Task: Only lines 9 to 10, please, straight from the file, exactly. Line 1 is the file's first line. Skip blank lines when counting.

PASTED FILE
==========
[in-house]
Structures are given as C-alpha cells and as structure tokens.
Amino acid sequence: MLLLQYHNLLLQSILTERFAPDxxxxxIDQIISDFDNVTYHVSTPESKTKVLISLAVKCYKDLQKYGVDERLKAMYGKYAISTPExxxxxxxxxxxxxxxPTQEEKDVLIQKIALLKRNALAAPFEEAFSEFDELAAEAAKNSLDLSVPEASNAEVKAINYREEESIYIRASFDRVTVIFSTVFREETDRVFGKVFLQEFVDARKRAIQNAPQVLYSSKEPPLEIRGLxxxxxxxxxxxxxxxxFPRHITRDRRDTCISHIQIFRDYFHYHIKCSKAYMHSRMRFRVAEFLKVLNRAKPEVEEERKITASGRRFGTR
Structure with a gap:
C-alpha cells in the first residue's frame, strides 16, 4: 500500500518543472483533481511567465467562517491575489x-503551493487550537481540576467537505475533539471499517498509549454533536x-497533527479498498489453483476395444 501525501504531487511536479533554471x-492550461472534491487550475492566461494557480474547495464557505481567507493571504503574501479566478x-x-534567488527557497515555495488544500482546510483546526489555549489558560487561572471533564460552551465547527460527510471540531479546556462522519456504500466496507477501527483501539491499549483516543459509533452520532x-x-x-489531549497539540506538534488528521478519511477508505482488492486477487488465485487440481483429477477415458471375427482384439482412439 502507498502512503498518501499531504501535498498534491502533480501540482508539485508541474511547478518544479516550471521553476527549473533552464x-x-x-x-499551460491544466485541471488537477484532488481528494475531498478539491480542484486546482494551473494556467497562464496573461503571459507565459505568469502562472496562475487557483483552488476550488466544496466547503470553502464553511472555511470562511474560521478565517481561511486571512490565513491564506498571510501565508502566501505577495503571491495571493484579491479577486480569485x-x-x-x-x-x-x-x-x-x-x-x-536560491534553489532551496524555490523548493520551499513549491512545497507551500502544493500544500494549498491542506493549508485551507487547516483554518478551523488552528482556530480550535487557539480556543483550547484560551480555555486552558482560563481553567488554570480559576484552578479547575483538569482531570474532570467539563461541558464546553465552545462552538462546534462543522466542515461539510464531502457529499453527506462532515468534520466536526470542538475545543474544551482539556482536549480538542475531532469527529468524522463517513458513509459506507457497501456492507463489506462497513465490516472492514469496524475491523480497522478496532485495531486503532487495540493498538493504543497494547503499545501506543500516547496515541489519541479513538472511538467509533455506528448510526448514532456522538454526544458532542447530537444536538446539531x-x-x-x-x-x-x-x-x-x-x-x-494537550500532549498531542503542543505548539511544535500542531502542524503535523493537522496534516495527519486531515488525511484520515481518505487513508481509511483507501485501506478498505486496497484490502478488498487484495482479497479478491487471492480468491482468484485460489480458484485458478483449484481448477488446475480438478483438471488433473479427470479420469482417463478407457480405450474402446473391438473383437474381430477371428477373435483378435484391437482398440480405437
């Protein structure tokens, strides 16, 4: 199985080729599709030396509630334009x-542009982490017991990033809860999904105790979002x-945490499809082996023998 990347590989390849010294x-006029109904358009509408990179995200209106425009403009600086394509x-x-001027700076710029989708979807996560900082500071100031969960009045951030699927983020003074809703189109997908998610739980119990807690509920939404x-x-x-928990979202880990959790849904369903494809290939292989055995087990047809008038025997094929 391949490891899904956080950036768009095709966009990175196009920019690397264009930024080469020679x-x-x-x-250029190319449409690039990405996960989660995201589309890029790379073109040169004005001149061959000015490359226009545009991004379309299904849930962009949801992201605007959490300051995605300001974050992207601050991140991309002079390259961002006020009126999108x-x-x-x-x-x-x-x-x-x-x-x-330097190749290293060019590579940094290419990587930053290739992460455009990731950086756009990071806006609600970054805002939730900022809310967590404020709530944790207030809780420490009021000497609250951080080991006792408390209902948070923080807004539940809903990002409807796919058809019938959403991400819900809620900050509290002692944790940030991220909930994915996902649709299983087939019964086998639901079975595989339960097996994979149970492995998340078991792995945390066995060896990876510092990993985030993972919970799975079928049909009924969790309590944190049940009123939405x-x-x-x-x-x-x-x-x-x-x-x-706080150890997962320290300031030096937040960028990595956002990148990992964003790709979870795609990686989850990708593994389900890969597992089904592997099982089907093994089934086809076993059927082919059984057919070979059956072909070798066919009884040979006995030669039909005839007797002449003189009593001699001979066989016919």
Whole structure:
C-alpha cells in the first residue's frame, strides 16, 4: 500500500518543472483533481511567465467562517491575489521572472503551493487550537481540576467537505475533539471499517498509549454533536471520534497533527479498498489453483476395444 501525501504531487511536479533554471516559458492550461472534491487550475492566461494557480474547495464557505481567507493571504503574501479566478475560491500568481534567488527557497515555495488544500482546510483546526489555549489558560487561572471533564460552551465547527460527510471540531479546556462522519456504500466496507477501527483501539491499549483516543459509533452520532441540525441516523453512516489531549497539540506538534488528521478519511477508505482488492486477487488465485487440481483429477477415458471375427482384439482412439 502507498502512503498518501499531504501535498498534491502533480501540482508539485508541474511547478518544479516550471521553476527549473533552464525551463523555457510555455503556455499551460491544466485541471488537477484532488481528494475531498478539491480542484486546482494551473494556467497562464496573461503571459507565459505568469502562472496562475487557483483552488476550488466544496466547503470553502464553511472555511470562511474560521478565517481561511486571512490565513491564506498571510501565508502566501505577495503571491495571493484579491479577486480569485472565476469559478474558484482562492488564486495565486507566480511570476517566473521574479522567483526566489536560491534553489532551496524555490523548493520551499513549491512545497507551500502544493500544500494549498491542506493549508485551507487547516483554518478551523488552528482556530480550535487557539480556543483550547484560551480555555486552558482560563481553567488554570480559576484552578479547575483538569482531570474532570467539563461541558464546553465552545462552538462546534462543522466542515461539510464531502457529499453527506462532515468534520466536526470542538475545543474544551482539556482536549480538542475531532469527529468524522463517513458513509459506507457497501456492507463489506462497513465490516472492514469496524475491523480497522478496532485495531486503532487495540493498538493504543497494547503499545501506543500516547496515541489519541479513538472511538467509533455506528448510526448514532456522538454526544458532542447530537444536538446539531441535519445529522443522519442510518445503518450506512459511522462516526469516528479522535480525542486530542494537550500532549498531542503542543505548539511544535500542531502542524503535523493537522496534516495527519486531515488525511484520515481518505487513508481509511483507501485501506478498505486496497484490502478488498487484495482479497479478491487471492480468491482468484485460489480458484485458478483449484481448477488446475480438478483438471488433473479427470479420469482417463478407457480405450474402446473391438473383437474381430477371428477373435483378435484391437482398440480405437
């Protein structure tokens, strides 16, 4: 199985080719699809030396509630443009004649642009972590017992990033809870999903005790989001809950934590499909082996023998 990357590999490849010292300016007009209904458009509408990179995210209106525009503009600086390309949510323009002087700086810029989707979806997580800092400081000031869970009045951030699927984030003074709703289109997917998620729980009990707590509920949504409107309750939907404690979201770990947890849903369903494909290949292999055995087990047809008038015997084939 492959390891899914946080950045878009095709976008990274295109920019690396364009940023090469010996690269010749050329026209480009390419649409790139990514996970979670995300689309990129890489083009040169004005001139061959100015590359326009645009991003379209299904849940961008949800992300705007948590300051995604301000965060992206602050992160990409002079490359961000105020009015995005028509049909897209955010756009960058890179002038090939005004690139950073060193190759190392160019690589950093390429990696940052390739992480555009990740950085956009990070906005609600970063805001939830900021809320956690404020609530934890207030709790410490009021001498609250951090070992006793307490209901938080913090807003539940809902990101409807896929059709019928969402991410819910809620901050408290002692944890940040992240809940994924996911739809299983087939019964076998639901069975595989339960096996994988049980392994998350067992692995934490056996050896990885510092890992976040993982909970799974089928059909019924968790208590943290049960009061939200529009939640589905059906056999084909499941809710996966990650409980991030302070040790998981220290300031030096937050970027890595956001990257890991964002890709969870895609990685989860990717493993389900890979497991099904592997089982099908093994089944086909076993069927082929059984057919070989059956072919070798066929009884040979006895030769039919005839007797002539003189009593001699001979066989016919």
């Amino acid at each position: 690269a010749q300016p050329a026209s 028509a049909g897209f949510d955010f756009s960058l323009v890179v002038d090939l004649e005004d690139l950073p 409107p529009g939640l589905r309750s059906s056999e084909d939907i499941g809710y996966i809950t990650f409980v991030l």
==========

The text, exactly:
């Protein structure tokens, strides 16, 4: 199985080719699809030396509630443009004649642009972590017992990033809870999903005790989001809950934590499909082996023998 990357590999490849010292300016007009209904458009509408990179995210209106525009503009600086390309949510323009002087700086810029989707979806997580800092400081000031869970009045951030699927984030003074709703289109997917998620729980009990707590509920949504409107309750939907404690979201770990947890849903369903494909290949292999055995087990047809008038015997084939 492959390891899914946080950045878009095709976008990274295109920019690396364009940023090469010996690269010749050329026209480009390419649409790139990514996970979670995300689309990129890489083009040169004005001139061959100015590359326009645009991003379209299904849940961008949800992300705007948590300051995604301000965060992206602050992160990409002079490359961000105020009015995005028509049909897209955010756009960058890179002038090939005004690139950073060193190759190392160019690589950093390429990696940052390739992480555009990740950085956009990070906005609600970063805001939830900021809320956690404020609530934890207030709790410490009021001498609250951090070992006793307490209901938080913090807003539940809902990101409807896929059709019928969402991410819910809620901050408290002692944890940040992240809940994924996911739809299983087939019964076998639901069975595989339960096996994988049980392994998350067992692995934490056996050896990885510092890992976040993982909970799974089928059909019924968790208590943290049960009061939200529009939640589905059906056999084909499941809710996966990650409980991030302070040790998981220290300031030096937050970027890595956001990257890991964002890709969870895609990685989860990717493993389900890979497991099904592997089982099908093994089944086909076993069927082929059984057919070989059956072919070798066929009884040979006895030769039919005839007797002539003189009593001699001979066989016919």
């Amino acid at each position: 690269a010749q300016p050329a026209s 028509a049909g897209f949510d955010f756009s960058l323009v890179v002038d090939l004649e005004d690139l950073p 409107p529009g939640l589905r309750s059906s056999e084909d939907i499941g809710y996966i809950t990650f409980v991030l």